After additional restraints were placed on Xavier, he was boarded onto the JPATS plane. (R. at 57, 86.) Once inside the aircraft, Xavier was cargo strapped to three seats in the rear portion of the plane to prevent him from injuring anyone. (R. at 58, 87.) While being restrained, Xavier threatened USMS members that he would kill them and their family, find out where they live, and chop up their children with a machete. (R. at 58.) During a subsequent flight between Sioux Falls and Oklahoma City, Xavier was no longer agitated or shouting when Officer Lowery took a photograph of him. (R. at 90.) When Officer Lowery went back to check on Xavier some time later, Xavier told Lowery in a collected fashion that he would kill Lowery, his wife, and his children. (R. at 91-92.)

  An important part of the Government's evidence and testimony for purposes of this 2255 petition is a videotape of the conversation between Xavier and BOP Physician's Assistant David Abbott as well as Abbott's testimony about what Xavier told him. (R. at 107-09.) During the trial, BOP Physician's Assistant David Abbott testified that he examined Xavier in the Receiving and Discharge section of the Federal transfer Facility in Oklahoma City upon Xavier's arrival. (R. at 105.) Abbott stated that after Xavier was processed into the institution at Oklahoma City, Abbott completed a standard processing form for recording prisoners' injuries. (R. at 106-07.) Abbott testified that while completing the processing assessment form, Xavier told him that officers had wanted to examine his hair and that Xavier would have allowed this had the individuals worn gloves. (R. at 108.) Xavier then told Abbott that the officers called him a punk "and so [he] kicked them." (R. at 108.) Abbott stated that his assessment and Xavier's statements were not only documented on a form but also recorded on videotape which constituted a fair and accurate recording of the exchange. (R. at 108.) The videotape was consistent with Abbott's testimony and was admitted into evidence without any objection from Xavier's Trial Counsel (R. at 108-09.) Later, during the Defense's case in chief, Xavier stated that he knew at the time he was being videotaped. (R. at 181.)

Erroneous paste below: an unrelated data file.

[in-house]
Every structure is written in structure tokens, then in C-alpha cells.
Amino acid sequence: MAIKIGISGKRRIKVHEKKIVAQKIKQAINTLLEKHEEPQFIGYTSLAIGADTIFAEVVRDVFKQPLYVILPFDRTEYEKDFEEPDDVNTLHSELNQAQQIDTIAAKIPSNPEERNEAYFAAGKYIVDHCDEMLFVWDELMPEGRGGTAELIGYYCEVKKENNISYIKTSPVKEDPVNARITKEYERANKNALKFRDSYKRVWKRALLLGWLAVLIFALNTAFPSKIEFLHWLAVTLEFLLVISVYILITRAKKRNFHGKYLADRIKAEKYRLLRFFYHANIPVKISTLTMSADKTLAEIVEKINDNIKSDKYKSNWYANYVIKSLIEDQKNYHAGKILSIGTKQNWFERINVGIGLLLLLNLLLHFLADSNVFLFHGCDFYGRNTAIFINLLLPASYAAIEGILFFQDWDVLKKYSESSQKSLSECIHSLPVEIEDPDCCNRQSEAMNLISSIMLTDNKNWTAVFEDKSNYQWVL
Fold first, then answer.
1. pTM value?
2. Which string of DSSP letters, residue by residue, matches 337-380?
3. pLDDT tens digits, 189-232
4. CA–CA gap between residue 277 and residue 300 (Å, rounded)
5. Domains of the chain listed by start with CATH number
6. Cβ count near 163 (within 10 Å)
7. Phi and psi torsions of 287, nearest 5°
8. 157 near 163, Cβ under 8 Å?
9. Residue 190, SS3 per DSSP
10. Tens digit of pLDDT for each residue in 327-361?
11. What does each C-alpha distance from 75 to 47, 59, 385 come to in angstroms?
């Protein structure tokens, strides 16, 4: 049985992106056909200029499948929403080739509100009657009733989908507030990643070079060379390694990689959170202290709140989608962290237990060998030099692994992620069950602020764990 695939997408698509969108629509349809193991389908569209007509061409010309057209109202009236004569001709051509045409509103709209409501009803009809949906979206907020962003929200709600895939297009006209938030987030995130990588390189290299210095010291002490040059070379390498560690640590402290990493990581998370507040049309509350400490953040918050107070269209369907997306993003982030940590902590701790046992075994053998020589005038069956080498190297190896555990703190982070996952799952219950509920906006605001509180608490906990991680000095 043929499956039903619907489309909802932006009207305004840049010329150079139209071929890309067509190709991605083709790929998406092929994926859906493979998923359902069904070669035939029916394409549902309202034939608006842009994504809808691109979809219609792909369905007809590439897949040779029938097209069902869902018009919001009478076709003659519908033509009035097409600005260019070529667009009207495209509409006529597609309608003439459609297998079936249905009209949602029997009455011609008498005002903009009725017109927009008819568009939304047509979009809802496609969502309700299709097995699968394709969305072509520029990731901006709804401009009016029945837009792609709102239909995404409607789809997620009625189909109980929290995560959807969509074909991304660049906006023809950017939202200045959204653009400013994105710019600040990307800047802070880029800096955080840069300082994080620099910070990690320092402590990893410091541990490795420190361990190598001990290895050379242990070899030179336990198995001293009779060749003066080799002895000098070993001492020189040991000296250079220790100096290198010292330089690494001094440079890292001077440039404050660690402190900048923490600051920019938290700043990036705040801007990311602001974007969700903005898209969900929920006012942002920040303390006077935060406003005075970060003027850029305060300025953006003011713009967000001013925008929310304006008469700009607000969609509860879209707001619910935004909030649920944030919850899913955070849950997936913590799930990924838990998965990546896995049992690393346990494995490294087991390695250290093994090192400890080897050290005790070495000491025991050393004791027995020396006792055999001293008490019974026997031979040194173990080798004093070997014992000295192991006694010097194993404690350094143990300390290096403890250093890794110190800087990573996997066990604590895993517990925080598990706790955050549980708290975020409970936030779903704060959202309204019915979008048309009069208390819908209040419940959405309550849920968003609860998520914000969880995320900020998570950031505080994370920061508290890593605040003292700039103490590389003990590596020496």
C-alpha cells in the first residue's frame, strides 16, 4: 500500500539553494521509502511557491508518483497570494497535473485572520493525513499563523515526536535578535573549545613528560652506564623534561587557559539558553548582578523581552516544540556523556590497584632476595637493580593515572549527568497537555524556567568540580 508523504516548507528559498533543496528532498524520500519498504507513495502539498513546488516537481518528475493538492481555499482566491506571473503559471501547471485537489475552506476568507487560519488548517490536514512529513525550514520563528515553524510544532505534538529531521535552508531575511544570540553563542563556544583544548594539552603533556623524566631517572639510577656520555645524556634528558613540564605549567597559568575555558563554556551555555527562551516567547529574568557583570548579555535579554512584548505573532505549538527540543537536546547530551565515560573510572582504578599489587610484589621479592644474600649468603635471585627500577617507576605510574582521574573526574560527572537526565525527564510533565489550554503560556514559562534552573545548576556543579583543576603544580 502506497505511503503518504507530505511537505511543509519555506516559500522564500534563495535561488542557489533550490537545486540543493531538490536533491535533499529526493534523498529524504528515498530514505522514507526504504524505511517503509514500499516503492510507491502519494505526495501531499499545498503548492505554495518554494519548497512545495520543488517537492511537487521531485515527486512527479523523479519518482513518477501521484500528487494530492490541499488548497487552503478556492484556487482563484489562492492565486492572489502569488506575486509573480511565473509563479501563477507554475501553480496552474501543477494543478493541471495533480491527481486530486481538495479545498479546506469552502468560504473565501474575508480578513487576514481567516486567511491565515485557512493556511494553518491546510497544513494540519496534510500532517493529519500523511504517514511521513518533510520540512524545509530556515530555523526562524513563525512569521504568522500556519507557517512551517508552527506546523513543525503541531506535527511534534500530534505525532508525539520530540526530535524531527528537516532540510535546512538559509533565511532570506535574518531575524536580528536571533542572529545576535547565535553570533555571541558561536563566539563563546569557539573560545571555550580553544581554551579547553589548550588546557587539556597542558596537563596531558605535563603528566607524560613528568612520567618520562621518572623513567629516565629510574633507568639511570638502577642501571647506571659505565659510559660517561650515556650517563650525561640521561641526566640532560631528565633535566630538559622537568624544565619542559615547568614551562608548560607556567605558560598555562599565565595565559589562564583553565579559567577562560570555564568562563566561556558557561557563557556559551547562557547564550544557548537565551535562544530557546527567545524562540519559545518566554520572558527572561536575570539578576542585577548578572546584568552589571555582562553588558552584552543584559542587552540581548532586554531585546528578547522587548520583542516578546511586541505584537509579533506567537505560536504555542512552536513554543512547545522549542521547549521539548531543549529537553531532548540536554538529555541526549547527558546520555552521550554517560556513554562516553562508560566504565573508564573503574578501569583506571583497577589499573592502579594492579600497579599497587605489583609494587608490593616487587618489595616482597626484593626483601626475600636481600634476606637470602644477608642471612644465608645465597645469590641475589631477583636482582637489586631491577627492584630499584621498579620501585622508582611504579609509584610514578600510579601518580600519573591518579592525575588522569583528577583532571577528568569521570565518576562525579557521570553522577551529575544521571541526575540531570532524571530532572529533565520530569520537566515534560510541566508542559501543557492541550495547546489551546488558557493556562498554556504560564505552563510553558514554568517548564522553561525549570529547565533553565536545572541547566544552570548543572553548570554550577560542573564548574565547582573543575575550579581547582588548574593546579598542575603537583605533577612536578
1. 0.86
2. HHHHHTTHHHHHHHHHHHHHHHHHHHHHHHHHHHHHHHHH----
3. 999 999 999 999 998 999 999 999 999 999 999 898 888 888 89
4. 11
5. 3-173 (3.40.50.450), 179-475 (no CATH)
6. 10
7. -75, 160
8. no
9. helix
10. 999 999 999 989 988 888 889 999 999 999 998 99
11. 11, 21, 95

Following the close of the Government's case, Attorney Moorman presented the Defendant's case in chief. (R. at 116-86.) Attorney Moorman called three witnesses to testify as well as Xavier. (R. at 116-86.) Defense witnesses Lawyer Walker, Ellis McHenry, and Jesus Macias all testified (1) that they were prisoners being transported with Xavier the day of the charged incidents (R. at 117, 127, 142-43), (2) that they did not see Xavier kick anyone (R. at 126, 129, 144), and (3) that they did not hear Xavier make any threats to anyone (R. at 120, 132, 144). During his own testimony, Xavier testified that he did not kick anyone or make any threats. (R. at 150, 152, 156.)